The usage of petroleum fuels in IC engines is hazardous to humans, plants, and agriculture since they exhaust poisonous pollutants into the environment. Substantial research is now being conducted to identify an alternative to petroleum fuel and to enhance its quality. Nanoparticles are a relatively new technology that may be used to improve the properties of fuel. Engine tests were performed on conventional CI engines using a diesel and biodiesel blend under different running circumstances. The purpose of this study is to investigate the performance, emissions, and combustion characteristics of a pumpkin seed oil methyl ester diesel blend (PSOME20) in a diesel engine with the help of a copper oxide nanoparticle. CuO nanoparticles in varying concentrations (50 and 100 ppm) were dispersed in the PSOME20 fuel. The results showed that the BTE of the PSOME20CuO100 fuel is 2.3% higher than that of the PSOME20 fuel, but the reduction in BSFC is 6.4%. Engine HC, CO, and smoke emissions were being significantly minimized when CuO nanoparticles were mixed with PSOME20. The addition of CuO nanoparticles to PSOME20 enhanced combustion behaviors such as HRR and cylinder pressure.

1. Introduction

Because of their greater fuel efficiency, diesel engines are widely used in transportation, agriculture, and power generation. The use of petroleum fuels in engines endangers humanity by polluting the environment. Due of the probable depletion of resources and the degradation created by petroleum products, researchers are encouraged to search move in this direction [1, 2]. The utilization of alternative energy sources decreases reliance on fossil fuels and has a smaller influence on global fuel market volatility. Because of benefits such as higher lubricity and availability, biodiesel is a feasible diesel fuel alternative. Furthermore, as compared to diesel fuel, it has a lower calorific value and higher viscosity [3].

Numerous vegetable oil from feed stocks have been developed in recent years from nonedible oils and have been reported including Moringa oleifera biodiesel [4], rubber seed oil biodiesel [5], chicha oil biodiesel [6], lemon peel oil biodiesel [7], yellow oleander oil biodiesel [8], and Moringa oleifera oil biodiesel [9]. These biodiesels were synthesized by the process of transesterification, and these biodiesels were compounded with diesel in certain ratios and studied the working characteristics of diesel engine. They were reported that there is a reduction in all pollutants except NOx that are higher than diesel [10, 11].

Recently, researchers have focused on incorporating nanoparticles into various biodiesel mixes in order to minimize engine exhaust gas emissions. A nanosized metallic particle has activation energy, which results in increased reactivity, as well as a greater surface area, which promotes combustion. The high surface-to-volume ratio of nanoparticles increases the combustion by improving the interplay between fuel and oxygen in the cylinder. [12] evaluated the performance of a CI engine utilizing 100% biodiesel combined with alumina and titanium oxide nanoparticles in 25 ppm and 50 ppm dosage levels, respectively. The results showed that the engine’s brake thermal efficiency (BTE) and emissions were lower with nanoparticle-biodiesel mixture, except for NOx emissions, as compared to 100% biodiesel.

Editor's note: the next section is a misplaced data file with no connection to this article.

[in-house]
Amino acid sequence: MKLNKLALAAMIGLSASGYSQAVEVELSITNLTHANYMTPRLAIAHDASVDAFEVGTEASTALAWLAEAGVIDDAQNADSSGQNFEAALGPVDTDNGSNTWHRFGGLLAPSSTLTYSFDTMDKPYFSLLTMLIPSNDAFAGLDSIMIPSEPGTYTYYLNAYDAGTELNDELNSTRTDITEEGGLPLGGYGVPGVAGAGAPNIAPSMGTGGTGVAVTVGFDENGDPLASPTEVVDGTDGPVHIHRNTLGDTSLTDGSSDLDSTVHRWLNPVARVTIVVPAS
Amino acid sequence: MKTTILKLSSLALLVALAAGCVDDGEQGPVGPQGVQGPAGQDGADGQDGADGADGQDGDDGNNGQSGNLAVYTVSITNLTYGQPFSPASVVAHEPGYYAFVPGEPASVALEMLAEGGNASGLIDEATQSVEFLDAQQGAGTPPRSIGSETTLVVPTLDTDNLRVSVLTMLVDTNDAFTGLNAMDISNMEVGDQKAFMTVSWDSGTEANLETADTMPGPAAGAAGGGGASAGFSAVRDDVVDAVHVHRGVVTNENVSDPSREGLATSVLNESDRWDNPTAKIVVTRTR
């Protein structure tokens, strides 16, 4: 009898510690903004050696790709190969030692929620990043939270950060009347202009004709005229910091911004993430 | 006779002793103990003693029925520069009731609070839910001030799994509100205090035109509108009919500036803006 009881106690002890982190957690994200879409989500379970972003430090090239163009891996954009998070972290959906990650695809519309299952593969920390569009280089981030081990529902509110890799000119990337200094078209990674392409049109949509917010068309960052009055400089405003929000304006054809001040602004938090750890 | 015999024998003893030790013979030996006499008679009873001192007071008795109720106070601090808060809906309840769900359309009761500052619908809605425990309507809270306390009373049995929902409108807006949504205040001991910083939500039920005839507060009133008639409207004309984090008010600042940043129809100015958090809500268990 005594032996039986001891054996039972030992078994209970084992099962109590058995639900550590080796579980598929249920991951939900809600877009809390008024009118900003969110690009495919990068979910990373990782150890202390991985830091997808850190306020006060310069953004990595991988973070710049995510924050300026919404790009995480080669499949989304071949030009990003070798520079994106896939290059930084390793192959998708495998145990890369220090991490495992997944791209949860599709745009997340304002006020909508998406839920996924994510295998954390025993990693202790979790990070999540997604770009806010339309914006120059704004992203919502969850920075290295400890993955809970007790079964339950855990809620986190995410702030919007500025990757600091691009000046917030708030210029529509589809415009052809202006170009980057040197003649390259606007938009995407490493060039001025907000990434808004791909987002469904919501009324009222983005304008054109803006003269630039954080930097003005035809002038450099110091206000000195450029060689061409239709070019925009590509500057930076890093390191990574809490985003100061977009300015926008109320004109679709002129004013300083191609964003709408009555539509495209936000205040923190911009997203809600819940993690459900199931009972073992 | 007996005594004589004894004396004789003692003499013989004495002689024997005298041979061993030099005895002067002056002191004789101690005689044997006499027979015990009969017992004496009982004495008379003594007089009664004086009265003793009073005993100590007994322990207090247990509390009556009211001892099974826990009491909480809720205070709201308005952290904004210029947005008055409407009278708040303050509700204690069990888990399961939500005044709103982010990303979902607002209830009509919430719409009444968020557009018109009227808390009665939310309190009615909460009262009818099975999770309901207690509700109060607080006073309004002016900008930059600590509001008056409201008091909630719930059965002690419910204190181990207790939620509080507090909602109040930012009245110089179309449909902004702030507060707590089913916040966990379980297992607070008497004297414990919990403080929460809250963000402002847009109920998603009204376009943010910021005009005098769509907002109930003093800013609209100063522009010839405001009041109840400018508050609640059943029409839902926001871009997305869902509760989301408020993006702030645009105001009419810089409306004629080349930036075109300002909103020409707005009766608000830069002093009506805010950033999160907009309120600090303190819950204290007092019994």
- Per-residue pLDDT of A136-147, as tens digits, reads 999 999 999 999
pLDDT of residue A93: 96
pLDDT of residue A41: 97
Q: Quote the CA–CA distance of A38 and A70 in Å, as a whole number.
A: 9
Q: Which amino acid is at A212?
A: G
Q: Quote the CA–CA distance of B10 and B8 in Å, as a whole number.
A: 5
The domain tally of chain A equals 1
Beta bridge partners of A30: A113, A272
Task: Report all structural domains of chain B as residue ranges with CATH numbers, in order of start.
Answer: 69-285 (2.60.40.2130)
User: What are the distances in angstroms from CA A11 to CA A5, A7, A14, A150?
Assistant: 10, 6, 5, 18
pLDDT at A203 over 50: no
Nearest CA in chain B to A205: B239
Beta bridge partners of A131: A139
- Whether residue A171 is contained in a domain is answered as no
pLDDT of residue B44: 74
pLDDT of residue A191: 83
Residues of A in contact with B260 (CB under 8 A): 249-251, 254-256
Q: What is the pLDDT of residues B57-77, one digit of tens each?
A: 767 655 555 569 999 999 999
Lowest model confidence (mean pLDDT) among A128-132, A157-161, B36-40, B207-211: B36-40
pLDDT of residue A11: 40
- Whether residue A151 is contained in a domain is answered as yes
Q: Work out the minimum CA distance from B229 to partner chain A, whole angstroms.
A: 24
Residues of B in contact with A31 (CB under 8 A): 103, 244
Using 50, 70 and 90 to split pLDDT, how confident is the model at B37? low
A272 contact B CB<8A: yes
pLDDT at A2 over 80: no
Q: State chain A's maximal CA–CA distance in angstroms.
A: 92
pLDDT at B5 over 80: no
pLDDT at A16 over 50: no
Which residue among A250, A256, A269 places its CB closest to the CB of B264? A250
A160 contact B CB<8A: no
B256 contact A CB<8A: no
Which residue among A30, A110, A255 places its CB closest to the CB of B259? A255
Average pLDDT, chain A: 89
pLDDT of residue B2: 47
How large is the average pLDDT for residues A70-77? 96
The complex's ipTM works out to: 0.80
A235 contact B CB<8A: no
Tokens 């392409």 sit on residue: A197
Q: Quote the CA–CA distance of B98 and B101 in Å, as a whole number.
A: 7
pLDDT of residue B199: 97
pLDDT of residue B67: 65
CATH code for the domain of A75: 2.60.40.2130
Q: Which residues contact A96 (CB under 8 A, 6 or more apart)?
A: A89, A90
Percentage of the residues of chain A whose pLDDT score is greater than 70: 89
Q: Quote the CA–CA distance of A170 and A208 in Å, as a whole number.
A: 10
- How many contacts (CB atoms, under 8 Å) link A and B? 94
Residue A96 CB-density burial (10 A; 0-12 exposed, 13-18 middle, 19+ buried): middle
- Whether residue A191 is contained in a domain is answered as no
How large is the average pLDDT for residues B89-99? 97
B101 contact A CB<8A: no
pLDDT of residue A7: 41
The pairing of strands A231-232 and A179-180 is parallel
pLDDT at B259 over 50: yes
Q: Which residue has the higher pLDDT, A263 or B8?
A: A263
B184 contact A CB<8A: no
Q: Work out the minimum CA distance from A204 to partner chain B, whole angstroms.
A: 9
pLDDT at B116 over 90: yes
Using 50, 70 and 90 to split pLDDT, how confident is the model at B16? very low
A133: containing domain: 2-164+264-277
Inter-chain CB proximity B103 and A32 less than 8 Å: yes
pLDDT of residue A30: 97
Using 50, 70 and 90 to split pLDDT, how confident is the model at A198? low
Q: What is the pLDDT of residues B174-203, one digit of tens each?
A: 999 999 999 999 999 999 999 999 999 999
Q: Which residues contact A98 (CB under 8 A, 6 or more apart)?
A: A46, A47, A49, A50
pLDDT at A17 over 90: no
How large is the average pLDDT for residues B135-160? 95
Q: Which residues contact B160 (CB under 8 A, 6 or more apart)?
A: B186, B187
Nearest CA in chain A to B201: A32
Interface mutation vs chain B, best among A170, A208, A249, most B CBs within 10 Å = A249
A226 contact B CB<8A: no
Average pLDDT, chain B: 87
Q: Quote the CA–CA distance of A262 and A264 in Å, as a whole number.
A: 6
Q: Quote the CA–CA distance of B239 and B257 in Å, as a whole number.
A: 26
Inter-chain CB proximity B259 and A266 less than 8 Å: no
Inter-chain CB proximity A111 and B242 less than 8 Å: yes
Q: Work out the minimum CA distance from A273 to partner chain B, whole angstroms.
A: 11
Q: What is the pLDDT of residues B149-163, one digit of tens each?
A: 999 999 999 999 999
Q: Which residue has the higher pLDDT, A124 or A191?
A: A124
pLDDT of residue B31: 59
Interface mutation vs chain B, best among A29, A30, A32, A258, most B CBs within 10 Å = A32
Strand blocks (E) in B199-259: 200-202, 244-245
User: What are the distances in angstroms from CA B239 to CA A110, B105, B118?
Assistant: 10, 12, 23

[13] investigated the influence of nanofluid additives on the performance and emissions of CI engines running on emulsified diesel and biodiesel. They concluded that nanofluid decreases the NOx emissions by 6.7% with improved engine performance. [14] explored the effects of copper oxide nanoparticle additions with soya bean biodiesel and determined that adding copper nanoparticle minimized the NOx emission of soya bean biodiesel. [15] conducted an exploratory investigation including the addition of nanoparticles to methyl ester and its mixes for CI engines. The outcomes demonstrate that thermal efficiency has increased, while NOx emissions have decreased. [16] investigated the diesel engine emissions and performance employing CuO nanoparticles with mahua biodiesel. They affirmed that the BTE was estimated to be lower than that of diesel due to the drop in exhaust emissions.

According to a thorough analysis of the literature, the addition of nanoadditive to biodiesel improves engine operating characteristics and emission characteristics. The usage of nanoparticle-infused biodiesel has decreased all the emissions, which were previously considered a major problem when running diesel engines, to a manageable level. In the current study, different dosage levels of CuO nanoparticle were added to pumpkin seed biodiesel-diesel mixture, and substantial improvement of overall, combustion, and emission were obtained and compared with base fuels.

2. Materials and Methods

2.1. Pumpkin Seed Oil Extraction

Cucurbita pepe L. is the botanical name of the pumpkin plant. The pumpkin seed has a nice fragrance and is dark green in color. Pumpkin oil is produced at low temperature from raw pumpkin seeds. It is prepared by pressing toasted hull-less pumpkin seeds from a local pumpkin species. The oil content of pumpkin seeds fluctuates between 40 and 60%. There are numerous methods of producing pumpkin oil which are preexpelling and hexane extraction techniques. Pumpkin oil seems to be green in outer layers and red in hidden layers. It has an acid value of 1.2 and a specific gravity of 4.62. Because of its delicate nature, the oil must be stored in a dry and cool place.